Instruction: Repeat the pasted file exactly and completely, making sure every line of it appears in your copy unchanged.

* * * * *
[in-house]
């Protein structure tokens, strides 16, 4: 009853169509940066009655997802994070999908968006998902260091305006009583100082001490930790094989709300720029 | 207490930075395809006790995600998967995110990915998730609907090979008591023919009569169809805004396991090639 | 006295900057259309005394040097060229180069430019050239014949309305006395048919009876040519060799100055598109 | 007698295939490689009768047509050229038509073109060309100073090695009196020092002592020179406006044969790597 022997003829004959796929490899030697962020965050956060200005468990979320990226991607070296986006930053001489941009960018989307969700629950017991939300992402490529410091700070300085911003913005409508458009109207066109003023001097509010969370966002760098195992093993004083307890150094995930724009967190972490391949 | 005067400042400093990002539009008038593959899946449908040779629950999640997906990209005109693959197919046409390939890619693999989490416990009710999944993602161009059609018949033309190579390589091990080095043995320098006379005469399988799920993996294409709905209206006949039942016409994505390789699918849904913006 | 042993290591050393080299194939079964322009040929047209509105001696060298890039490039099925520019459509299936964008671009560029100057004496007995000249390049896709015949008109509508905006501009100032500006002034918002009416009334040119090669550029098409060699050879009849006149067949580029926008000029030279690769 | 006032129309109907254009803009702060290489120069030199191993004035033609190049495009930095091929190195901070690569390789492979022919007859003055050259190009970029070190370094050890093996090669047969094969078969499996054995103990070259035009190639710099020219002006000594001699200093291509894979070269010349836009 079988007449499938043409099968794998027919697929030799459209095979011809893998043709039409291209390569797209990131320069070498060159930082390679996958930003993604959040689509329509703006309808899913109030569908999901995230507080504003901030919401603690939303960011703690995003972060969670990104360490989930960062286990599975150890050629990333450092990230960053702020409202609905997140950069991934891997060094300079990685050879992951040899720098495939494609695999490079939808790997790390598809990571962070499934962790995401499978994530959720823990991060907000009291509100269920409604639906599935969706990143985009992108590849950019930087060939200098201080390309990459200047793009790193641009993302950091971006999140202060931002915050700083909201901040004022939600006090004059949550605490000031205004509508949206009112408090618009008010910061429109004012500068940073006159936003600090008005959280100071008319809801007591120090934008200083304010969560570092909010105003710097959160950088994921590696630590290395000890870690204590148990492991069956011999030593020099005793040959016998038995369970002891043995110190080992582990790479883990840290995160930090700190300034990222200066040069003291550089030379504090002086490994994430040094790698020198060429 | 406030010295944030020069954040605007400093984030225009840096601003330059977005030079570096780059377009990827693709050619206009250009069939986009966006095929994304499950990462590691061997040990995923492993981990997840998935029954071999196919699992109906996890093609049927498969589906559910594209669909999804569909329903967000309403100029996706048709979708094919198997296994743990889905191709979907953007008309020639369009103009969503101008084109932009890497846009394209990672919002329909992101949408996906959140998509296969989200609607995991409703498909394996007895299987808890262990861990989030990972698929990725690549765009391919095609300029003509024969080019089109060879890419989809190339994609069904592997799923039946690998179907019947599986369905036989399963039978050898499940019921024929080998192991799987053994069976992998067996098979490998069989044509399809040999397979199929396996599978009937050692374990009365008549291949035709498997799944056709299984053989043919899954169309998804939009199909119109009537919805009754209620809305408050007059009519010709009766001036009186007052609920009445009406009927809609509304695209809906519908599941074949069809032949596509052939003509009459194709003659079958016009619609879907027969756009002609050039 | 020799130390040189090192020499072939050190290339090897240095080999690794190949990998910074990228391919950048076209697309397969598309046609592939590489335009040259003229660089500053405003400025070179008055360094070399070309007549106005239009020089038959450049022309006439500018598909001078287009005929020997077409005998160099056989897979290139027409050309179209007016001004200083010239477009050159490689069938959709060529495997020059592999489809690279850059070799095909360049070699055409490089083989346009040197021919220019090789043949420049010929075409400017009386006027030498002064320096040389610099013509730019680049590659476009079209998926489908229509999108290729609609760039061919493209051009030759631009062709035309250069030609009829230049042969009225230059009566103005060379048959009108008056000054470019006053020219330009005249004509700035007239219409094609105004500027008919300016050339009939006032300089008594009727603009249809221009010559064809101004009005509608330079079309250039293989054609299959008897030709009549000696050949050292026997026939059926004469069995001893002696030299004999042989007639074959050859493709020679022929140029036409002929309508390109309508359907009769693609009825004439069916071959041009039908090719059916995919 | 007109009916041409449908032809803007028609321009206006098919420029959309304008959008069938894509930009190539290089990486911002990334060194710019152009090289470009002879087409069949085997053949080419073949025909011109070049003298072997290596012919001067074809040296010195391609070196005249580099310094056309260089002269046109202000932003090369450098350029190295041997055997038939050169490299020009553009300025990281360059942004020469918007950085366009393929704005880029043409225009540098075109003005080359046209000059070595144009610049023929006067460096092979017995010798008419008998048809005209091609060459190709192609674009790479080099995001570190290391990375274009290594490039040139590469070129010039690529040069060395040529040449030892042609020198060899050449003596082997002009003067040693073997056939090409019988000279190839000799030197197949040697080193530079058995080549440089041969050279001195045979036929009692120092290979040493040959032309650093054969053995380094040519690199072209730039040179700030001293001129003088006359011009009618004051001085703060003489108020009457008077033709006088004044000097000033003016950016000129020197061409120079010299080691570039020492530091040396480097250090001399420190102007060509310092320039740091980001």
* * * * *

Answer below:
[in-house]
């Protein structure tokens, strides 16, 4: 009853169509940066009655997802994070999908968006998902260091305006009583100082001490930790094989709300720029 | 207490930075395809006790995600998967995110990915998730609907090979008591023919009569169809805004396991090639 | 006295900057259309005394040097060229180069430019050239014949309305006395048919009876040519060799100055598109 | 007698295939490689009768047509050229038509073109060309100073090695009196020092002592020179406006044969790597 022997003829004959796929490899030697962020965050956060200005468990979320990226991607070296986006930053001489941009960018989307969700629950017991939300992402490529410091700070300085911003913005409508458009109207066109003023001097509010969370966002760098195992093993004083307890150094995930724009967190972490391949 | 005067400042400093990002539009008038593959899946449908040779629950999640997906990209005109693959197919046409390939890619693999989490416990009710999944993602161009059609018949033309190579390589091990080095043995320098006379005469399988799920993996294409709905209206006949039942016409994505390789699918849904913006 | 042993290591050393080299194939079964322009040929047209509105001696060298890039490039099925520019459509299936964008671009560029100057004496007995000249390049896709015949008109509508905006501009100032500006002034918002009416009334040119090669550029098409060699050879009849006149067949580029926008000029030279690769 | 006032129309109907254009803009702060290489120069030199191993004035033609190049495009930095091929190195901070690569390789492979022919007859003055050259190009970029070190370094050890093996090669047969094969078969499996054995103990070259035009190639710099020219002006000594001699200093291509894979070269010349836009 079988007449499938043409099968794998027919697929030799459209095979011809893998043709039409291209390569797209990131320069070498060159930082390679996958930003993604959040689509329509703006309808899913109030569908999901995230507080504003901030919401603690939303960011703690995003972060969670990104360490989930960062286990599975150890050629990333450092990230960053702020409202609905997140950069991934891997060094300079990685050879992951040899720098495939494609695999490079939808790997790390598809990571962070499934962790995401499978994530959720823990991060907000009291509100269920409604639906599935969706990143985009992108590849950019930087060939200098201080390309990459200047793009790193641009993302950091971006999140202060931002915050700083909201901040004022939600006090004059949550605490000031205004509508949206009112408090618009008010910061429109004012500068940073006159936003600090008005959280100071008319809801007591120090934008200083304010969560570092909010105003710097959160950088994921590696630590290395000890870690204590148990492991069956011999030593020099005793040959016998038995369970002891043995110190080992582990790479883990840290995160930090700190300034990222200066040069003291550089030379504090002086490994994430040094790698020198060429 | 406030010295944030020069954040605007400093984030225009840096601003330059977005030079570096780059377009990827693709050619206009250009069939986009966006095929994304499950990462590691061997040990995923492993981990997840998935029954071999196919699992109906996890093609049927498969589906559910594209669909999804569909329903967000309403100029996706048709979708094919198997296994743990889905191709979907953007008309020639369009103009969503101008084109932009890497846009394209990672919002329909992101949408996906959140998509296969989200609607995991409703498909394996007895299987808890262990861990989030990972698929990725690549765009391919095609300029003509024969080019089109060879890419989809190339994609069904592997799923039946690998179907019947599986369905036989399963039978050898499940019921024929080998192991799987053994069976992998067996098979490998069989044509399809040999397979199929396996599978009937050692374990009365008549291949035709498997799944056709299984053989043919899954169309998804939009199909119109009537919805009754209620809305408050007059009519010709009766001036009186007052609920009445009406009927809609509304695209809906519908599941074949069809032949596509052939003509009459194709003659079958016009619609879907027969756009002609050039 | 020799130390040189090192020499072939050190290339090897240095080999690794190949990998910074990228391919950048076209697309397969598309046609592939590489335009040259003229660089500053405003400025070179008055360094070399070309007549106005239009020089038959450049022309006439500018598909001078287009005929020997077409005998160099056989897979290139027409050309179209007016001004200083010239477009050159490689069938959709060529495997020059592999489809690279850059070799095909360049070699055409490089083989346009040197021919220019090789043949420049010929075409400017009386006027030498002064320096040389610099013509730019680049590659476009079209998926489908229509999108290729609609760039061919493209051009030759631009062709035309250069030609009829230049042969009225230059009566103005060379048959009108008056000054470019006053020219330009005249004509700035007239219409094609105004500027008919300016050339009939006032300089008594009727603009249809221009010559064809101004009005509608330079079309250039293989054609299959008897030709009549000696050949050292026997026939059926004469069995001893002696030299004999042989007639074959050859493709020679022929140029036409002929309508390109309508359907009769693609009825004439069916071959041009039908090719059916995919 | 007109009916041409449908032809803007028609321009206006098919420029959309304008959008069938894509930009190539290089990486911002990334060194710019152009090289470009002879087409069949085997053949080419073949025909011109070049003298072997290596012919001067074809040296010195391609070196005249580099310094056309260089002269046109202000932003090369450098350029190295041997055997038939050169490299020009553009300025990281360059942004020469918007950085366009393929704005880029043409225009540098075109003005080359046209000059070595144009610049023929006067460096092979017995010798008419008998048809005209091609060459190709192609674009790479080099995001570190290391990375274009290594490039040139590469070129010039690529040069060395040529040449030892042609020198060899050449003596082997002009003067040693073997056939090409019988000279190839000799030197197949040697080193530079058995080549440089041969050279001195045979036929009692120092290979040493040959032309650093054969053995380094040519690199072209730039040179700030001293001129003088006359011009009618004051001085703060003489108020009457008077033709006088004044000097000033003016950016000129020197061409120079010299080691570039020492530091040396480097250090001399420190102007060509310092320039740091980001």